To make the buttercream, place the egg whites and sugar in a bowl that fits over one of your saucepans. Fill the bottom of the saucepan with water and bring it to a gentle simmer. Place the bowl with the egg and sugar over the hot water and stir gently with a whisk (don’t whisk to aerate the mixture). Keep stirring until the mixture reaches 60 degrees Celcius on a thermometer or until the egg is hot to the touch. Transfer the hot mixture to the bowl of a standmixer and using the whisk attachment, whip the mixture on high until light and fluffy. Continue whipping for a good 10 minutes or until the meringue is cool to the touch. Slowly add the butter one block at a time. Scrape in the vanilla seeds and squeeze in the lemon juice, to taste. Cover and set aside at room temperature until ready to frost the cake.
To make the syrup, place the sugar, water, lemon zest and juice in a saucepan and bring to the boil for 1 minute. Allow to cool completely.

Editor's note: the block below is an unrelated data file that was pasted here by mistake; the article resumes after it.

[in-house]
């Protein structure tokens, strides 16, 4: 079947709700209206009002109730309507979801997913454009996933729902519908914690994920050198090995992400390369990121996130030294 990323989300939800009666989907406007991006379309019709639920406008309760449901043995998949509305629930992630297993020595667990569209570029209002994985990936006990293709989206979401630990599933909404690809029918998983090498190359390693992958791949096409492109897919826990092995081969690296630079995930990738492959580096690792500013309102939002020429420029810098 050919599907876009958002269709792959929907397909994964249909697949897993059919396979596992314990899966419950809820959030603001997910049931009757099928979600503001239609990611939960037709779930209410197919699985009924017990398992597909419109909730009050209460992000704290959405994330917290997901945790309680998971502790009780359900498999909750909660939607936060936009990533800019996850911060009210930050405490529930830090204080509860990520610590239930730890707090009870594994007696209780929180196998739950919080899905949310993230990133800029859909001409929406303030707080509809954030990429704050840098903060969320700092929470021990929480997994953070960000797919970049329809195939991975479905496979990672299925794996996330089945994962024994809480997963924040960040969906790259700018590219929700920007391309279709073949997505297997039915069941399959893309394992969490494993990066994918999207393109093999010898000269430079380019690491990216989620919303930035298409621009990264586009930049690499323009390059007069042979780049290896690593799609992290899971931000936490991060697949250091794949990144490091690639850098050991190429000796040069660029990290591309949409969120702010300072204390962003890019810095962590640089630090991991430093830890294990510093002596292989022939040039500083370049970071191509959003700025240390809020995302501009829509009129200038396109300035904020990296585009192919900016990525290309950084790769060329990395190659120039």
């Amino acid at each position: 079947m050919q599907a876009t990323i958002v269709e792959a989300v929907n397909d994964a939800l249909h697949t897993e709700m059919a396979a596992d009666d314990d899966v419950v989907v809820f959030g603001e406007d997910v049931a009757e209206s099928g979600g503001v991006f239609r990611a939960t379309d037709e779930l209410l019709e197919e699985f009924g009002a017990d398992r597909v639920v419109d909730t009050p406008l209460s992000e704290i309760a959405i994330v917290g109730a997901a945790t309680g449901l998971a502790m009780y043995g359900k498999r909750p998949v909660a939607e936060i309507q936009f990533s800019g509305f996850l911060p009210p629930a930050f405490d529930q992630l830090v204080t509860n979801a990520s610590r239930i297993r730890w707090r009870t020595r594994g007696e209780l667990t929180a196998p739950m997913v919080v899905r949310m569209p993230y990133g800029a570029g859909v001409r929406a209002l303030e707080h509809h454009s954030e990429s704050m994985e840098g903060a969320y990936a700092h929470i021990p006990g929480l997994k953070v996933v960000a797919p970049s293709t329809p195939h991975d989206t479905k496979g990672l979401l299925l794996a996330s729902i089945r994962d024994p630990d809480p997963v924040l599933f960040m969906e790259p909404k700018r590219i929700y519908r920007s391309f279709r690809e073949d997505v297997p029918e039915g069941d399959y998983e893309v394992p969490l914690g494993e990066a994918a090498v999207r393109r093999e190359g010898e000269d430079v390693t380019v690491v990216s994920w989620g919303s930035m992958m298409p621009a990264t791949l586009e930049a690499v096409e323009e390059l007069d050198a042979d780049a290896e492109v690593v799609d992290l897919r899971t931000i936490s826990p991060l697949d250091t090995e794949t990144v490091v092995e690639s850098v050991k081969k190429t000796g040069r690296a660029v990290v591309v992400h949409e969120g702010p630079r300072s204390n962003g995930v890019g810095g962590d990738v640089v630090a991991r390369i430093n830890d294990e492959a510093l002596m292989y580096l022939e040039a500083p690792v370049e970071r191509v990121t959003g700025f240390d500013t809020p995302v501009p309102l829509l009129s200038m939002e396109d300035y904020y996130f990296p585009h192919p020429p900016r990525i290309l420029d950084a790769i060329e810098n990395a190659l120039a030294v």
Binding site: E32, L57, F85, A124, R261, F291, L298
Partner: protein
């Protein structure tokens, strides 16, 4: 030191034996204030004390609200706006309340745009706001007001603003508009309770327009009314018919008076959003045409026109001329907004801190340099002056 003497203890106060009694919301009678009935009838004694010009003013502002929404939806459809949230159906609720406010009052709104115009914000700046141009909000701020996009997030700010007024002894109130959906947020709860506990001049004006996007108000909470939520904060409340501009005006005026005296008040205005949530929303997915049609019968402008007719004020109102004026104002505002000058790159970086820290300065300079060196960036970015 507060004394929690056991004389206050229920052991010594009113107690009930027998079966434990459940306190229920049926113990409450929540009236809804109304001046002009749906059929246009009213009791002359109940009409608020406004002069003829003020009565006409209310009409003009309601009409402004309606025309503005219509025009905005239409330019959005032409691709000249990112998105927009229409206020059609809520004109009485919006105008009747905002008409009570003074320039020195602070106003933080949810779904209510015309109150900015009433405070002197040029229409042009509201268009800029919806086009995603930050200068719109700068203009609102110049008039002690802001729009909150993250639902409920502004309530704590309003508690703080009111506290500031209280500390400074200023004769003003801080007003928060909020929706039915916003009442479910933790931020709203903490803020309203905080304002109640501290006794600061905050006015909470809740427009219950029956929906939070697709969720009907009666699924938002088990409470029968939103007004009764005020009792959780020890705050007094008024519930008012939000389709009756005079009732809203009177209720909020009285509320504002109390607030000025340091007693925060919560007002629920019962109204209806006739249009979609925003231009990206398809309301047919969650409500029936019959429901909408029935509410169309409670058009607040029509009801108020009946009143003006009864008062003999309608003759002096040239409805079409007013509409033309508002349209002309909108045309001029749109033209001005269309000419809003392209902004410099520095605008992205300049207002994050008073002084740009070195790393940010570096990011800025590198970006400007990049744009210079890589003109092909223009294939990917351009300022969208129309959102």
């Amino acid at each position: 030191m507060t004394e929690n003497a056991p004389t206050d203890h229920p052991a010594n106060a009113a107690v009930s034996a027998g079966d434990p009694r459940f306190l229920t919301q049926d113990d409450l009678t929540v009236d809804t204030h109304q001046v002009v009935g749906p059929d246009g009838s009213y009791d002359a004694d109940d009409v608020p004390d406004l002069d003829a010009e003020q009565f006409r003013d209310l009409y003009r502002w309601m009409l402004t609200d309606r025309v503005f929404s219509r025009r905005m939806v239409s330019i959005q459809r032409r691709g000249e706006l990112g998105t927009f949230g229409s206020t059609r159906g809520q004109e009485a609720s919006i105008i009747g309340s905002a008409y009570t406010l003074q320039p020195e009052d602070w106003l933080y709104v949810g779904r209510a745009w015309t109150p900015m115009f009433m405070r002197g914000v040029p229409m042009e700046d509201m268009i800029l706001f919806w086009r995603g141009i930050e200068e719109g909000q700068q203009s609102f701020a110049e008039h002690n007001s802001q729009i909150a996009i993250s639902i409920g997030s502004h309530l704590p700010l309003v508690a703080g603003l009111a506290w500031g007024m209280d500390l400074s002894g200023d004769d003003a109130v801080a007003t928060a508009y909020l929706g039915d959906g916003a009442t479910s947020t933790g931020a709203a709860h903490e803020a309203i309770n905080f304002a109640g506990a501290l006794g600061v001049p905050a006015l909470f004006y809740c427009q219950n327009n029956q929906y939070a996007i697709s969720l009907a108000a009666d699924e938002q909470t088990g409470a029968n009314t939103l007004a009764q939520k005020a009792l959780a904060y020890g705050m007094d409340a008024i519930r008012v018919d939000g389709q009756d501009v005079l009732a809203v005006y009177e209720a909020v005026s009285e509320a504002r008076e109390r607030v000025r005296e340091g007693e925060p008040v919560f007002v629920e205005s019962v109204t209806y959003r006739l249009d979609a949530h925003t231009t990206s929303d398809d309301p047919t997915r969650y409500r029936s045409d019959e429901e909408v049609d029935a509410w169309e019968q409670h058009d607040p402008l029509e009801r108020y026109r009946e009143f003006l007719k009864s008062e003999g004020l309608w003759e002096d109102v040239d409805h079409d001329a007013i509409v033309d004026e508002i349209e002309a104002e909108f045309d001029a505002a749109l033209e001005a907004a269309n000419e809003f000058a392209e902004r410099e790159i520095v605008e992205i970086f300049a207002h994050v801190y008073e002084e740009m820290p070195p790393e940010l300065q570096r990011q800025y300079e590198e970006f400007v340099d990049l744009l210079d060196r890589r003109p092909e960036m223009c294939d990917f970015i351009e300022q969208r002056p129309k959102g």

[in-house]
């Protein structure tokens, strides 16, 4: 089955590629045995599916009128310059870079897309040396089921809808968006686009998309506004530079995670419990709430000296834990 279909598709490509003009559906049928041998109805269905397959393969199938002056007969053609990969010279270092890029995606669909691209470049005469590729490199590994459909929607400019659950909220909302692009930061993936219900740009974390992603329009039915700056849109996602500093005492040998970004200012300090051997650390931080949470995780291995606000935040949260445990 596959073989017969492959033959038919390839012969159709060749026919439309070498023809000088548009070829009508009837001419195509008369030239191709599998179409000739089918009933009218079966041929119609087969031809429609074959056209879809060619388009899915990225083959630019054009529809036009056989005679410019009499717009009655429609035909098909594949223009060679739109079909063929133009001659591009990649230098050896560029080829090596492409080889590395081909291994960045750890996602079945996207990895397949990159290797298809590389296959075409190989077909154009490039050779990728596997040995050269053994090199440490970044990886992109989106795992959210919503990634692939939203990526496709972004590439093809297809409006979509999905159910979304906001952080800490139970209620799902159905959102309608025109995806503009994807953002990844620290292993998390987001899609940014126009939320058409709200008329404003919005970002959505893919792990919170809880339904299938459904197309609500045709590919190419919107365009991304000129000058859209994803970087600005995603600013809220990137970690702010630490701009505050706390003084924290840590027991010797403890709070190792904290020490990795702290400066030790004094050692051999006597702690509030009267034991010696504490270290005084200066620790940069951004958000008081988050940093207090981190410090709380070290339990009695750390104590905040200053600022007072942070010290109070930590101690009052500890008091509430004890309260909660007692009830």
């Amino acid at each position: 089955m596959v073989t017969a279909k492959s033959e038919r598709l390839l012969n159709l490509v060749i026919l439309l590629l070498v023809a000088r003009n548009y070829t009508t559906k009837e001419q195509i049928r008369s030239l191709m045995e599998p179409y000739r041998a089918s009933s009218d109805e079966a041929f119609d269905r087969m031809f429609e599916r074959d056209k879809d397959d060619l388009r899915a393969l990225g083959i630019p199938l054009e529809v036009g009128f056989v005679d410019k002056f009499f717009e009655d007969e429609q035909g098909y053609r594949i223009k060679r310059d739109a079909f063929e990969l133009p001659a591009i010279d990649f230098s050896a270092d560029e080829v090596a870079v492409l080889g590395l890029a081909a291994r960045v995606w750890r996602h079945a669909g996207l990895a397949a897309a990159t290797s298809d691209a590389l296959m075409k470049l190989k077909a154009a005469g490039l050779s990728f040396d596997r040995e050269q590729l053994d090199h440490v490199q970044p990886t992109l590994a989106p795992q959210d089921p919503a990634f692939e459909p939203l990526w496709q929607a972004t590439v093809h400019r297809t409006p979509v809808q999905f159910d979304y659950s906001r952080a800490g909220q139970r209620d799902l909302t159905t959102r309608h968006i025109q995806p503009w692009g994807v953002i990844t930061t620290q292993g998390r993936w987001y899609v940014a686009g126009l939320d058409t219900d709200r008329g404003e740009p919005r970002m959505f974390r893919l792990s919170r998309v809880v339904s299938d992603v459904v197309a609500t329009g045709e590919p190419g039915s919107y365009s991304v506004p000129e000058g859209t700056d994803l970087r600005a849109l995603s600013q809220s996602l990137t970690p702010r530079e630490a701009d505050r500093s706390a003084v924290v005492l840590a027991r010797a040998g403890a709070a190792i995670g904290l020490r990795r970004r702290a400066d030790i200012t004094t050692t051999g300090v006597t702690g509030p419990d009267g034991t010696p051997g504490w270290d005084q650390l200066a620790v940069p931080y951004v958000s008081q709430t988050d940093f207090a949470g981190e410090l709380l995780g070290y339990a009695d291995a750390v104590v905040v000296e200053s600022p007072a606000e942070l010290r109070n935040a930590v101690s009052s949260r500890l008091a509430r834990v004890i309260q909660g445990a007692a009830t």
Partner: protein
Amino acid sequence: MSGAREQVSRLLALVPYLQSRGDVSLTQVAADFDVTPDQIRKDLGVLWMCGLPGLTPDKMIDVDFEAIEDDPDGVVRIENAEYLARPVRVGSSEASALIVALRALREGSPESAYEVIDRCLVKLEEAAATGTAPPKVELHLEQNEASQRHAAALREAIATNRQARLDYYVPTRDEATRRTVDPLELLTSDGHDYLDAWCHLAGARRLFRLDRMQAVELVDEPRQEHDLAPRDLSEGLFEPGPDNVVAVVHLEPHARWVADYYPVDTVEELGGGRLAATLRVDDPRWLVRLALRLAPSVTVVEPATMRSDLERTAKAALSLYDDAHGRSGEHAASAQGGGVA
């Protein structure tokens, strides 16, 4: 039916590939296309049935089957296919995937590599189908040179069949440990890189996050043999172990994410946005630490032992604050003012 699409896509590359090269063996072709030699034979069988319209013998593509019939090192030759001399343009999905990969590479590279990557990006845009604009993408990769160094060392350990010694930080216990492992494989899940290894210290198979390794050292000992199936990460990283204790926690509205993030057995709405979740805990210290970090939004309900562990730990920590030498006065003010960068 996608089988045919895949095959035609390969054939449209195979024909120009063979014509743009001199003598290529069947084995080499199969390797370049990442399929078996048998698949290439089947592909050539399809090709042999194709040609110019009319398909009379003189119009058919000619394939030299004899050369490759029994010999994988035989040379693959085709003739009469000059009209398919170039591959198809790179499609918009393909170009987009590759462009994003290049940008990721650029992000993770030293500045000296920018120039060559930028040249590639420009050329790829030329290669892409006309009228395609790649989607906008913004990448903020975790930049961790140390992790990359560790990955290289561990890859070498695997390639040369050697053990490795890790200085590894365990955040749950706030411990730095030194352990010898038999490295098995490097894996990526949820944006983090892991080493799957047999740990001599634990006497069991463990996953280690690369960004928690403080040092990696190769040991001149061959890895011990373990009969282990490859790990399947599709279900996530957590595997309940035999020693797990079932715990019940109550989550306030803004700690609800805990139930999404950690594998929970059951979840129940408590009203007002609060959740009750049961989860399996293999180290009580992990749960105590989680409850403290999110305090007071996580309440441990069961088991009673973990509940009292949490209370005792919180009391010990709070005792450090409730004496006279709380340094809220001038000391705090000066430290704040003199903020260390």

To assemble the cake, place the first cake layer on a cake stand and brush well with the syrup. Spread with a thin layer of raspberry jam and top with a layer of vanilla buttercream. Continue layering the cake, syrup, raspberry jam and buttercream until all the layers are assembled. Cover the top and sides of the cake with the remaining buttercream and smooth with a palette knife (using a cake decorating turn table really helps). Place in the refrigerator to set. Decorate with olive branches, lemon branches and cracked pomegranates just before serving.
I am a bit confused.
Does the recipe do 2 runs if cake that is 4 layers or is it the recipe doubled that does that?
Hi there, to make the cake that is in the images (with two tiers), you will need to double the above recipe. If you double it you will end up with a 30cm-high 6-layer bottom tier with a smaller 4-layer top tier. Hope that clarifies! Kate
Wow Kate What a Stunning way to kick off your wedding! Absolutely amazing!
I’ve been asked to make a cake for a friend but they wont be eating on the wedding day (different cultures) but on the day after. Also, I’m making it the day before the wedding. Is it possible to assemble the individual tiers on the Friday and then stack them on the Sunday? Is so, how would I do that? Would it retain its flavour and moisture? The last thing that I want is for a dry wedding cake? What are your thoughts?